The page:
Choir Members Resisting Rehearsal Time Change
  • Wade
    Posts: 15
    I’ve moved one of my choirs an hour and a half earlier than they used to rehearse, and they are resistant to the change. The primary complaint I’ve heard is that they’ve never rehearsed at that time before. One reason for the change is partly to get people home earlier, since I know some don’t like to be out late and I would like to see my family before they go to bed, and I myself can hardly sleep later than 4:30am or 5:00am and don’t want to be fried for rehearsals the next day. Have you ever tried something similar? How did you handle it?
  • TCJ
    Posts: 779
    I've tried to be flexible with my schedule because many of my choir members do not work normal hours. I have one who is makes his own schedule, one who is on call most of the time, one who works nights, several who cannot make it home from work until six or later. Trying to find a time that works for everyone is nearly impossible.

    I have shifted practice schedule multiple times. We tried earlier, but then several people had job/position changes and I would have lost a number of members if I hadn't switched it back. In general, there has been no pushback on schedule changes because I have always made it clear that I will try my best to accommodate people's schedules so they can make it. My own schedule isn't that important as long as I do the work. If it's late, fine. If it's early, fine. They all know that I have never tried to change a schedule based on my own convenience.
  • Maureen
    Posts: 670
    People schedule life around choir practice; and in a lot of places, choir is scheduled in parallel to other activities. Like choir is the same time as Boy Scouts, or Bible study, so that people can all go to their activities at the same time. And a lot of time it's the same night that Protestant churches are doing Wednesday services, so that those activities are coordinated with school activities. And so on.

    So yeah, changing schedules is like a Jenga game. More pieces may be involved than you know.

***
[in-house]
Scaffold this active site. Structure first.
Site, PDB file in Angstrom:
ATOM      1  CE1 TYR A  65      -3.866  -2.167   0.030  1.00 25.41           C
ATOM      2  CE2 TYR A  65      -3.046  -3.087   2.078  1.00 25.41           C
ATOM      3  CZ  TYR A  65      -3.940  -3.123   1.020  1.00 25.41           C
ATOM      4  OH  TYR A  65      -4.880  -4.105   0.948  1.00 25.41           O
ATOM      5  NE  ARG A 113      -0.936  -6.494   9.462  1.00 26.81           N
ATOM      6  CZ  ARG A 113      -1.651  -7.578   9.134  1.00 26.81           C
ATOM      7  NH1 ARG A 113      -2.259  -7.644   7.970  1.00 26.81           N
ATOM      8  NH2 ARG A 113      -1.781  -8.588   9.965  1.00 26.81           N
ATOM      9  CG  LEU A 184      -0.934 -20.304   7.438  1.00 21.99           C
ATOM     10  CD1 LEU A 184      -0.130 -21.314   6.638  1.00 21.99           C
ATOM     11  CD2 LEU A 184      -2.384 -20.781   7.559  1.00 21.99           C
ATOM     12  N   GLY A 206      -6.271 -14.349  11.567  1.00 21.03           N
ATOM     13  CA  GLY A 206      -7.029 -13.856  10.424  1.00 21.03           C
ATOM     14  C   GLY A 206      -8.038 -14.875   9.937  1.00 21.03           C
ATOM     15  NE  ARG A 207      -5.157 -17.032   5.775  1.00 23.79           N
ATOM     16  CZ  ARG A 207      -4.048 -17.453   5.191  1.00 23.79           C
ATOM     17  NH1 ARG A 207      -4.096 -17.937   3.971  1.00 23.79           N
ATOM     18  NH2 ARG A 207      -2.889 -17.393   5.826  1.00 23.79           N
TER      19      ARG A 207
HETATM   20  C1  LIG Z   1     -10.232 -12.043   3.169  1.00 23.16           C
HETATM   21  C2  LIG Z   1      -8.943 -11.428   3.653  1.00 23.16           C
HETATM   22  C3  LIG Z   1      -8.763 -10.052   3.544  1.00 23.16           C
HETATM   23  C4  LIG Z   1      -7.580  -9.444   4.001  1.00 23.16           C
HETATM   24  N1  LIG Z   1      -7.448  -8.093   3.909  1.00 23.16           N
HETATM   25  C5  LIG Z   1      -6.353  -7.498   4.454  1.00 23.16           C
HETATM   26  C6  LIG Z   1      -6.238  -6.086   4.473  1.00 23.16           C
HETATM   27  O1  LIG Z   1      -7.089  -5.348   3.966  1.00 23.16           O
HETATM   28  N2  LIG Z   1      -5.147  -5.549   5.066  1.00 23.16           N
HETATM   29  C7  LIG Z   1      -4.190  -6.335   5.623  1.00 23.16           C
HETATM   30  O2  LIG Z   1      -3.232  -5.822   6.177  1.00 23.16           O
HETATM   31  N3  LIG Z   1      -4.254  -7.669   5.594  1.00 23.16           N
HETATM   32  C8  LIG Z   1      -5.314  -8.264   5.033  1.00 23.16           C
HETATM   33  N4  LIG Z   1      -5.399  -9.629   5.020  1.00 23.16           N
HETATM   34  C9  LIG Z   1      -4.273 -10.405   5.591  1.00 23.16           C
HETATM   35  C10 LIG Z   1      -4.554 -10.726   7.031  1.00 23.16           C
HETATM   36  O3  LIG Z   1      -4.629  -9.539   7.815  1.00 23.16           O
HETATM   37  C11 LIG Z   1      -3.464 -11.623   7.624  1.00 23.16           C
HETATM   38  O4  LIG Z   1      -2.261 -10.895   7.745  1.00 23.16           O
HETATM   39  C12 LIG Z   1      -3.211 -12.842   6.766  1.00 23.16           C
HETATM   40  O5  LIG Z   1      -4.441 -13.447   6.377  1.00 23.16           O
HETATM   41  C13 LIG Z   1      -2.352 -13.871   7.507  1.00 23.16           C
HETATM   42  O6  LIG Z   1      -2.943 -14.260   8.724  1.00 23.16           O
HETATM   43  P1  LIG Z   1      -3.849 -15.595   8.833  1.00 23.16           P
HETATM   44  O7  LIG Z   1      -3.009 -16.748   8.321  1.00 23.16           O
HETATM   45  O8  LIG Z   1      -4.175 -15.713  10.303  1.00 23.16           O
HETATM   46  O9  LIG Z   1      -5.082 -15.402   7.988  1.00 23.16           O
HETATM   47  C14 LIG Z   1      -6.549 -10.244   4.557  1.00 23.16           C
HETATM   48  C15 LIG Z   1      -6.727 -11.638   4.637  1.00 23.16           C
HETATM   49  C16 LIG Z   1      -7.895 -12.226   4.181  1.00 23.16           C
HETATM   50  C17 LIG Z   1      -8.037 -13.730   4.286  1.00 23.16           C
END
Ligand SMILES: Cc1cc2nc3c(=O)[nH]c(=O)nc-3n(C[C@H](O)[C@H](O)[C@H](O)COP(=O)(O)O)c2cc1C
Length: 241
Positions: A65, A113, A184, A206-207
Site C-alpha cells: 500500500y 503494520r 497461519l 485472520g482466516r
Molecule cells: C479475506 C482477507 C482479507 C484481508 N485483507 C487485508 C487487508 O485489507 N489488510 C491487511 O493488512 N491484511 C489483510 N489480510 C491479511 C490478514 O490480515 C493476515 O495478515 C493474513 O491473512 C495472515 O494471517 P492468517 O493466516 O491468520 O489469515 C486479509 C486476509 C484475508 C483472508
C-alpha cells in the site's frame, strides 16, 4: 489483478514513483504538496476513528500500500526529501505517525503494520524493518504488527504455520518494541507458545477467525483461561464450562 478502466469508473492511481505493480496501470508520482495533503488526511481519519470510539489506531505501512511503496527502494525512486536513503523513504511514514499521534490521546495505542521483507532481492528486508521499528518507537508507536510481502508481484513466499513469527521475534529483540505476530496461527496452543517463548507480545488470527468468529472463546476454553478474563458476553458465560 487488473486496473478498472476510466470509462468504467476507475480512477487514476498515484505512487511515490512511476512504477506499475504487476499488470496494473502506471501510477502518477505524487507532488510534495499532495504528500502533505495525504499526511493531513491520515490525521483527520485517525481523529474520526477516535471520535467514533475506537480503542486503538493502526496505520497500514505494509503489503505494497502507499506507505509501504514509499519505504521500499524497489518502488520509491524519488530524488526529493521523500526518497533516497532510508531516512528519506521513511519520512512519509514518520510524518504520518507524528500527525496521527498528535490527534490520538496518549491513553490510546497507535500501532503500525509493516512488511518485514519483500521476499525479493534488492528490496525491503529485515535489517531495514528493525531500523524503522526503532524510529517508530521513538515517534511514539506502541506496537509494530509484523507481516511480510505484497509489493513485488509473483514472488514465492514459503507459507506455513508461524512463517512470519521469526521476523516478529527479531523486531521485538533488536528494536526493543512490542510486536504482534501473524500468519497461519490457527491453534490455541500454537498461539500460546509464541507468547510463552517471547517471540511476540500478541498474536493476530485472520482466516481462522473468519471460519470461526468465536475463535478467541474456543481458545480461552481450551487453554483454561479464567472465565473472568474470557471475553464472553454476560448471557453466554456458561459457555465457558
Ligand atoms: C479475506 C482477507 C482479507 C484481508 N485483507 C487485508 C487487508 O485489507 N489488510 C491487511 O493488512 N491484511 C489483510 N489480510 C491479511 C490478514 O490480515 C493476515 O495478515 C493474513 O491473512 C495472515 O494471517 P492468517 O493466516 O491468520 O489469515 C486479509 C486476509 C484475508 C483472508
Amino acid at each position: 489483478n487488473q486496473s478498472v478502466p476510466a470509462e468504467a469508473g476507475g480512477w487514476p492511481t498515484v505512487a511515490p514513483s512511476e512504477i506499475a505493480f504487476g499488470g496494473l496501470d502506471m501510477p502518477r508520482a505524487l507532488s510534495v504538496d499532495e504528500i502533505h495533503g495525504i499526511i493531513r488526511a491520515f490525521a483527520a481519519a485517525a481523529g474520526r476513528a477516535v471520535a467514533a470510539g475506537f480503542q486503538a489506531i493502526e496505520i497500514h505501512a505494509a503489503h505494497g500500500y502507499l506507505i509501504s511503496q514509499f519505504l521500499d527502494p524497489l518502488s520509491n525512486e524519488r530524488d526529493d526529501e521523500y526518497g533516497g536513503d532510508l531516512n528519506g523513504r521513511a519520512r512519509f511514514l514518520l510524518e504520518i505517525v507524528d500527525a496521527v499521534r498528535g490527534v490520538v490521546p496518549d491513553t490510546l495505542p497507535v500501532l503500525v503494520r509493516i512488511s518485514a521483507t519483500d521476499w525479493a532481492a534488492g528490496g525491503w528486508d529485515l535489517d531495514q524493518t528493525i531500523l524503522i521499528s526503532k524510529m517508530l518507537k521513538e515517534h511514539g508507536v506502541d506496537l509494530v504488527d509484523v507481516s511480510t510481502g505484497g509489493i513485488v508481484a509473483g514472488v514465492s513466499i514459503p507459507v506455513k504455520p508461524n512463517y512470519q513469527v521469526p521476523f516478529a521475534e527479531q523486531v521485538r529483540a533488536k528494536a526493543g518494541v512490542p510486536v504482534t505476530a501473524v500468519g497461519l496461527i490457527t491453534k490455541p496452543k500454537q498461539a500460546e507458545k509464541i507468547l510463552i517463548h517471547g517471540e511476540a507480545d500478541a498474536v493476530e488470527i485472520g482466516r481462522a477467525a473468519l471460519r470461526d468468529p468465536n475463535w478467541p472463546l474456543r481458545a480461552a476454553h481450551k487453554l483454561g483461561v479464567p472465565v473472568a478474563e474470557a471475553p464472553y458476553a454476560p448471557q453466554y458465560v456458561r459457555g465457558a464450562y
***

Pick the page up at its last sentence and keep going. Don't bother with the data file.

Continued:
• Elmar
    Posts: 371
    People schedule life around choir practice
    You are very lucky, a lot of our singers are either simply not able to do so even if they wanted, or retired (mostly the latter, rectuiting age is mid-60 typically).
  • Here's another scenario to ponder....
    The former (three directors back) choir director has a "community ministerial choir" in an adjoining town. She recruited three of the ten members of the church choir. Of course the rehearsal is the same night as the church's rehearsal. One of the three stated that "we prefer to go there rather than come here so you need to change the night of the church's choir rehearsal", then proceeded to badmouth the director around town when this was not done, telling people to quit the choir. A second of the three continued to come on the weekends stating "this is her church and she will sing if she wants to". Would be very interested in the comments and thoughts of the group on this.
  • Completely inappropriate behaviour by any standard.
  • chonakchonak
    Posts: 8,713
    About the original question: if OP isn't able to sleep in the morning past 4:30 or 5 am, then he probably needs to get home around 8 pm and run rehearsals at the church starting at 6 pm. That would be a really unconventional hour that conflicts with typical commuting and family dinner times.
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  • Liam
    Posts: 4,374
    Beggars have more limited choices.
  • Wade,

    There is more than one possible solution.

    1) Set the time yourself, and cope with whoever can come.
    2) Canvass the current choir members to find out which of (several) options works best for them and also for you.
    3) Take out stock in a doormat company.